We identified above in the sample corrupt database that it is a single-page of a clustered index. After verifying that I have proper backups to support a single-page restore, I start the restore process. The steps I follow are:
- Put the database in RESTRICTED_USER mode
- Restore the specific page from a full or differential backup
- Restore all transaction log files since the full or differential backup using NORECOVERY
- Back up the tail of the log file
- Restore the tail of the log with NORECOVERY
- Recover the database
- Run DBCC CHECKDB to ensure corruption is gone
- Set the database back to MULTI_USER
If you are new to performing restores, this may seem daunting the first few times because you the restore wizard does not support the options you need. You must perform the restores using T-SQL. The SQL commands are actually very simple. The initial restore of the page from the full or differential backup requires specifying which page to restore. The transaction log backups are very simple because you don’t have to specify any special settings other than NORECOVERY.
Let’s walk through the restore process for the sample corrupt database:— Only the one page is corrupt, so let’s do a page restore
— Switch to master to restore the damaged page
— Set the database in restricted user mode to keep average users out
Alter Database CorruptDBSet Restricted_UserWith Rollback Immediate;
— Restore the corrupt page from the good full backup
Restore Database CorruptDB
Page = ‘1:298’
From Disk = ‘<Path to full backup>\CorruptDB.bak’;
— Restore the 1st pre=existing log backup to bring the page current
— SQL knows which transations to apply, no need to specify any special commands
Restore Log CorruptDB
From Disk = ‘<Path to log backups>\CorruptDB.trn’
— If there were more pre-existing log backups, we would restore them in order
— Now backup the tail of the log…
Backup Log CorruptDB
To Disk = ‘<Path to tail log backup>\CorruptDB_LOG_TAIL.trn’
— Restore the tail of the log bringing the page current
Restore Log CorruptDB
From Disk = ‘<Path to tail log backup>\CorruptDB_LOG_TAIL.trn’
— Finally, recover the database to bring it online
Restore Database CorruptDBWith Recovery;
— Recheck the database for corruption again
DBCC CheckDB(CorruptDB) With All_ErrorMsgs, No_InfoMsgs, TableResults;
— Allow users back in
Alter Database CorruptDBSet Multi_User;
If CHECKDB reports that there is no more corruption, then you know you have been successful. You quickly recovered corrupt data with no data loss and minimal downtime. If it still reports that the corruption exists or if new corruption is found, it’s time to consider doing a full restore instead of a single-page restore.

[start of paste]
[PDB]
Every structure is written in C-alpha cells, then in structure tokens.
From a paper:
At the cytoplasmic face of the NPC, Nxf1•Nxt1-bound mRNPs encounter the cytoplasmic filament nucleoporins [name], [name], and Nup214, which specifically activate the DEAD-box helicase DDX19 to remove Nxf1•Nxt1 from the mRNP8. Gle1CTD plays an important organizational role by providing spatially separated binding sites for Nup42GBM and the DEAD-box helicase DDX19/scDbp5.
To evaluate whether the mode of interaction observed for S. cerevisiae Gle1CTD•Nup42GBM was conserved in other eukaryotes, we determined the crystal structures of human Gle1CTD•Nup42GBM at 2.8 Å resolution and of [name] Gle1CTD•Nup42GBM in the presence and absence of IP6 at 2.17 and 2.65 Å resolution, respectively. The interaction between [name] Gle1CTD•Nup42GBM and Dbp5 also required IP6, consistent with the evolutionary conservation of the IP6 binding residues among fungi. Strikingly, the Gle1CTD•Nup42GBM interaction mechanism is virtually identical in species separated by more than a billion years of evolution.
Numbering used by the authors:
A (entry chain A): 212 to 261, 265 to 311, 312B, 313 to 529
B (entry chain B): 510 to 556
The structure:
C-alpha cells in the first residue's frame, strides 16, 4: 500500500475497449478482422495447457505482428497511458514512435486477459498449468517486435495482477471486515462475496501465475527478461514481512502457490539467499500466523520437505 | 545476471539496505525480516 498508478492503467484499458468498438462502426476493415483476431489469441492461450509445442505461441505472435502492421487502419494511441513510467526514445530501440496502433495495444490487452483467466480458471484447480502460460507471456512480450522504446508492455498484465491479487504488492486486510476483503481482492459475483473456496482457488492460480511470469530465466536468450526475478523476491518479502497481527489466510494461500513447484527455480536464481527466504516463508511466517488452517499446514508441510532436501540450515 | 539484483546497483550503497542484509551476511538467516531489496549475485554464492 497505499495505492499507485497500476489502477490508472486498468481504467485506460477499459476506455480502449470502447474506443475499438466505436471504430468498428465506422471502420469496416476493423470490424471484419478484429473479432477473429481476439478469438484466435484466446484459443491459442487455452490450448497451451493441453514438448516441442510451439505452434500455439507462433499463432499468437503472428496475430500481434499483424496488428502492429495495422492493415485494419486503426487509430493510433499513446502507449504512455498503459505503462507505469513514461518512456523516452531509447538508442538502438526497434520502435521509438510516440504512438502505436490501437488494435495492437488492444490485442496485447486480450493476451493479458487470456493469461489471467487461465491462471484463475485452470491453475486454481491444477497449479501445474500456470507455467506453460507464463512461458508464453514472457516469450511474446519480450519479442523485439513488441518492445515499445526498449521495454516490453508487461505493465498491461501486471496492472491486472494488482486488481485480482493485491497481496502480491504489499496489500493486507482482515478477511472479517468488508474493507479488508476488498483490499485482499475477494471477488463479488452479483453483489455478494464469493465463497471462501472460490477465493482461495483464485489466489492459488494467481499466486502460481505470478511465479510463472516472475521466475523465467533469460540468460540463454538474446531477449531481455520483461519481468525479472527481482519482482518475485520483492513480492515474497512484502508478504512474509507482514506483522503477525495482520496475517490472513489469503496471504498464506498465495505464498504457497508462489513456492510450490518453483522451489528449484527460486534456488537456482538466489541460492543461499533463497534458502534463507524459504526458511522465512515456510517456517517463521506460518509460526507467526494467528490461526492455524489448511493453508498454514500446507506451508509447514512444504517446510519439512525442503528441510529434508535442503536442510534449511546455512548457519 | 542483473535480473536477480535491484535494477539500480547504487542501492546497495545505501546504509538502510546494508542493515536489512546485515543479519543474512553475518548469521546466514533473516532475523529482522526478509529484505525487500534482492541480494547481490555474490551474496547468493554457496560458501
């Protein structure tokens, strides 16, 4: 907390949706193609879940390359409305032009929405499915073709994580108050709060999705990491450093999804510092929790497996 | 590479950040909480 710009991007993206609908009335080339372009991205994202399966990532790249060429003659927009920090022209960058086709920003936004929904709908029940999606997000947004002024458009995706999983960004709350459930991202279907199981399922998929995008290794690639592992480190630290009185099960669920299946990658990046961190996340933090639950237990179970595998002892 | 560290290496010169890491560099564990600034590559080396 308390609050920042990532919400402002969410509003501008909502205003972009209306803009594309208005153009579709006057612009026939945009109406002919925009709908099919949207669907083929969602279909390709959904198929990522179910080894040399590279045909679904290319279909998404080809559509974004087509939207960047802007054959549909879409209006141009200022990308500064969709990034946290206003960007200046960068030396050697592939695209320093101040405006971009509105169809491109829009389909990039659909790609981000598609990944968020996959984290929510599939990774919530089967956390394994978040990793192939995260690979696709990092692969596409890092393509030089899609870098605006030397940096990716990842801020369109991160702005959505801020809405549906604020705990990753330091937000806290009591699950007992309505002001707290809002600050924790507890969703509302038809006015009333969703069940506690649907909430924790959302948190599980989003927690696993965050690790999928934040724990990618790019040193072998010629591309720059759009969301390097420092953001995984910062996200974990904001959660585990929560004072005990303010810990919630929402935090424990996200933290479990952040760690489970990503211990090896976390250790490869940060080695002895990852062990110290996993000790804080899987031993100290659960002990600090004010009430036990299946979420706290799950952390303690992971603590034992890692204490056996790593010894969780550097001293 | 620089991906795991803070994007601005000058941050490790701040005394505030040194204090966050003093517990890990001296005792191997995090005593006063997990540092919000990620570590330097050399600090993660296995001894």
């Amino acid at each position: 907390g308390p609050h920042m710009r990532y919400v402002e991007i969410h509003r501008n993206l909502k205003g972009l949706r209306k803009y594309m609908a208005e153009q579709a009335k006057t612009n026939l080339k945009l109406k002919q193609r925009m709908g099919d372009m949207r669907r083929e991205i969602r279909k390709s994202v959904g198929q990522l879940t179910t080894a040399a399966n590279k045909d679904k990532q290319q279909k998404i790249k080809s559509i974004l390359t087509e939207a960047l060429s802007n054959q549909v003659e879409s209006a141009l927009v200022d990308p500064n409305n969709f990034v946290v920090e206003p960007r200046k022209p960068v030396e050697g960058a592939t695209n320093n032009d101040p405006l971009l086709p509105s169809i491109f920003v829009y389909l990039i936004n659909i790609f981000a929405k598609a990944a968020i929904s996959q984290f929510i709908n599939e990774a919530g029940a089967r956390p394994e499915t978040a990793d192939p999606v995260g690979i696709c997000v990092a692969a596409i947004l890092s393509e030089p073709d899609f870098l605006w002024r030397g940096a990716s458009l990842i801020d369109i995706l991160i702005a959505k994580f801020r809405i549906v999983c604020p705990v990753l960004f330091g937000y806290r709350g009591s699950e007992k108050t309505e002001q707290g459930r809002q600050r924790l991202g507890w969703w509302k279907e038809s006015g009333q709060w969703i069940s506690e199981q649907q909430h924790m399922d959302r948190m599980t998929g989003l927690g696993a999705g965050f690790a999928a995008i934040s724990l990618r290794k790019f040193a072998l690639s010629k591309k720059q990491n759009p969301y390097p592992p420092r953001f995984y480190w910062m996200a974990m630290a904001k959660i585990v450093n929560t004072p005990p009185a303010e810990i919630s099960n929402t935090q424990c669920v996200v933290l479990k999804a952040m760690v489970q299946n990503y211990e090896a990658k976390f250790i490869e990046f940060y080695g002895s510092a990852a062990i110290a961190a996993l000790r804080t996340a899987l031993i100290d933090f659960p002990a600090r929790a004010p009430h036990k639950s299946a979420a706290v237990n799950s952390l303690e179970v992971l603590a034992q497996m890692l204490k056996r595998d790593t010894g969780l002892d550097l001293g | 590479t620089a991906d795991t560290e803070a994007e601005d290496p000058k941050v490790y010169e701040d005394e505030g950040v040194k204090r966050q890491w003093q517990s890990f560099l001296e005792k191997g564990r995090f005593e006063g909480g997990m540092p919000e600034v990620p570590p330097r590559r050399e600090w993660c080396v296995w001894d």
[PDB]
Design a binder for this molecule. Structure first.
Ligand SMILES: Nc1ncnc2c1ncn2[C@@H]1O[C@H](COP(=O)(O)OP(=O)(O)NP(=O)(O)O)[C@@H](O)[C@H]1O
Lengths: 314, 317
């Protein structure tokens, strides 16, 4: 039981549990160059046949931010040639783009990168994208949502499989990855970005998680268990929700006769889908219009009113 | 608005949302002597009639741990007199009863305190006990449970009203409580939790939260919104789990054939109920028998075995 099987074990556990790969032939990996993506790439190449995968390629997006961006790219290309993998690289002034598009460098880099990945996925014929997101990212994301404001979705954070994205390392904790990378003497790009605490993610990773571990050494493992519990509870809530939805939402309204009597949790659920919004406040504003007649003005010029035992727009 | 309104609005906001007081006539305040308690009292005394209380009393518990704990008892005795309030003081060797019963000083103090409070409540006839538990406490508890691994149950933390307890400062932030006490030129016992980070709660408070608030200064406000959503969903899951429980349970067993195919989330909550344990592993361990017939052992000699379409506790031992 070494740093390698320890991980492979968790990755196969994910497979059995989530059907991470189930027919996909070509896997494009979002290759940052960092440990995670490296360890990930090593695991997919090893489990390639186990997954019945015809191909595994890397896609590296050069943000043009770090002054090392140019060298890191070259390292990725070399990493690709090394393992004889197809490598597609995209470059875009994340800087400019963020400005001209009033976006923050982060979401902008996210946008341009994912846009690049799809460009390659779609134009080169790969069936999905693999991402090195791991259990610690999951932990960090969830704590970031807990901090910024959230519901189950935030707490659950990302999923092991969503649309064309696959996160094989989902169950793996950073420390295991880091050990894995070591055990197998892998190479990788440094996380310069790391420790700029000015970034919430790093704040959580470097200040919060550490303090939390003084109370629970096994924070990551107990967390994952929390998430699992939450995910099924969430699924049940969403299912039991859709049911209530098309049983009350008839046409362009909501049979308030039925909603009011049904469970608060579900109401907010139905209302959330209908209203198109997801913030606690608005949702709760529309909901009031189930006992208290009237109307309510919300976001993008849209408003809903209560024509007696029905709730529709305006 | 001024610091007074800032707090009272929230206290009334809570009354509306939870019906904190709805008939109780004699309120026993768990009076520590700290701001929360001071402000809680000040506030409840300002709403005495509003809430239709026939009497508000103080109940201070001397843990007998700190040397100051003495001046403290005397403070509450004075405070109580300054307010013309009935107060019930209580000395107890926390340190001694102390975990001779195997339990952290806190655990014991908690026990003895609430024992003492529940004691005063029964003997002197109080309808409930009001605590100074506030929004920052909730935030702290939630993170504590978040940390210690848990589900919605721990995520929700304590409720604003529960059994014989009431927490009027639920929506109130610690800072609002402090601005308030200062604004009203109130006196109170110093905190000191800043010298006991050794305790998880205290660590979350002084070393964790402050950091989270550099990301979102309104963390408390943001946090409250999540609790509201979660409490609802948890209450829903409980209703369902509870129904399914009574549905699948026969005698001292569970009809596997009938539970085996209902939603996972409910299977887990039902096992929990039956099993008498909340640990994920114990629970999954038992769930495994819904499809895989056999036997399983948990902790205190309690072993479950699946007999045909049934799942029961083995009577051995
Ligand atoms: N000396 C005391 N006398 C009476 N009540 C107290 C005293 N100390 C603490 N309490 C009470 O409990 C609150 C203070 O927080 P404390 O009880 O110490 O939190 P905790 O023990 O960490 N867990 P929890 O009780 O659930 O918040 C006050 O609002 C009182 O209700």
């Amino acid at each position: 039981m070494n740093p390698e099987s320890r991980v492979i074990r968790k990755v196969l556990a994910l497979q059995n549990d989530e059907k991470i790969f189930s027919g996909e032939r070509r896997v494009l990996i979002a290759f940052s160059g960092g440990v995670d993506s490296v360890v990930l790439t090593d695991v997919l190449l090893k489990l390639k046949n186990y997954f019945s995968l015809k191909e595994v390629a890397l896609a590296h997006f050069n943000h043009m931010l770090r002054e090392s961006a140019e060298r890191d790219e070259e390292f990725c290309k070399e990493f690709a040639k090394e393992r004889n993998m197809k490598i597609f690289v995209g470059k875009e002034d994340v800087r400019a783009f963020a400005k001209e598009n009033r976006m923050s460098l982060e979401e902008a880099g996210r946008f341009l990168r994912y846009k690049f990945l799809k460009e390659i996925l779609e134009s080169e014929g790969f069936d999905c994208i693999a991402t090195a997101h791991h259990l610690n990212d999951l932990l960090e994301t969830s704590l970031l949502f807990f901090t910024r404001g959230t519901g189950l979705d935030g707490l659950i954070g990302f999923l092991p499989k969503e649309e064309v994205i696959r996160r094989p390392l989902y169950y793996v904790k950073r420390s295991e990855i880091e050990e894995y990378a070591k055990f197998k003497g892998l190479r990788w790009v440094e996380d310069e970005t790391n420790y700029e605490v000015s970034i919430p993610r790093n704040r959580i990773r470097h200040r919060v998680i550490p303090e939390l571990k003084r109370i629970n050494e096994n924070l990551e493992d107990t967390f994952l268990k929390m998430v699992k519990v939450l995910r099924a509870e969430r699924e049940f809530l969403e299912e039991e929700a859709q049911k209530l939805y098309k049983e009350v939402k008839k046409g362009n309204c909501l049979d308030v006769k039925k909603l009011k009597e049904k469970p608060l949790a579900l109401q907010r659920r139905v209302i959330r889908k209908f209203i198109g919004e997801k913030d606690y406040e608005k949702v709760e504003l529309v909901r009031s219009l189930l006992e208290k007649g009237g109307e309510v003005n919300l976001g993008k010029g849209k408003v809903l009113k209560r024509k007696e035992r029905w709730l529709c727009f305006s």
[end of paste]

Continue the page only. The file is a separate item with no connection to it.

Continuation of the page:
After you have dealt with several incidents of corruption, you will find yourself hoping for an index ID greater than 1 when you encounter corruption. Corruption in nonclustered indexes is the easiest form of corruption to fix as long as the underlying heap or clustered index is not corrupted.
When the error message from DBCC CHECKDB tells us an index ID, we can tell what kind of index it is by the ID value. A heap is index ID = 0, a clustered index is index ID = 1, and a nonclustered index is index ID > 1. To fix this corruption scenario, we will need to know the names of the object and index involved.
If we run DBCC CHECKDB on the sample corrupt database (CorruptionDemo_AdventureWorksDW2012.zip (12.22 MB)), it will report an Object Id = 341576255 and an index ID = 2. We can query sys.indexes to determine both of these values:
Select Object_Name(object_id) As TableName,
name As IndexName
Where object_id= 341576255
Fixing this form of corruption is simple. You need to recreate the index. Unfortunately, you cannot rebuild the index because the rebuild process uses the existing index to build the new one. The same is true for creating the index with the DROP EXISTING option. You have two options for this. You can drop the existing index and then recreate it new or you can disable the existing index and rebuild it. When you rebuild a disabled index, it uses the underlying data rather than the existing index to rebuild it.
Fixing the sample corrupt database is very simple:
-- Drop and create Drop Index dbo.FactResellerSales.IX_FactResellerSales_CurrencyKey;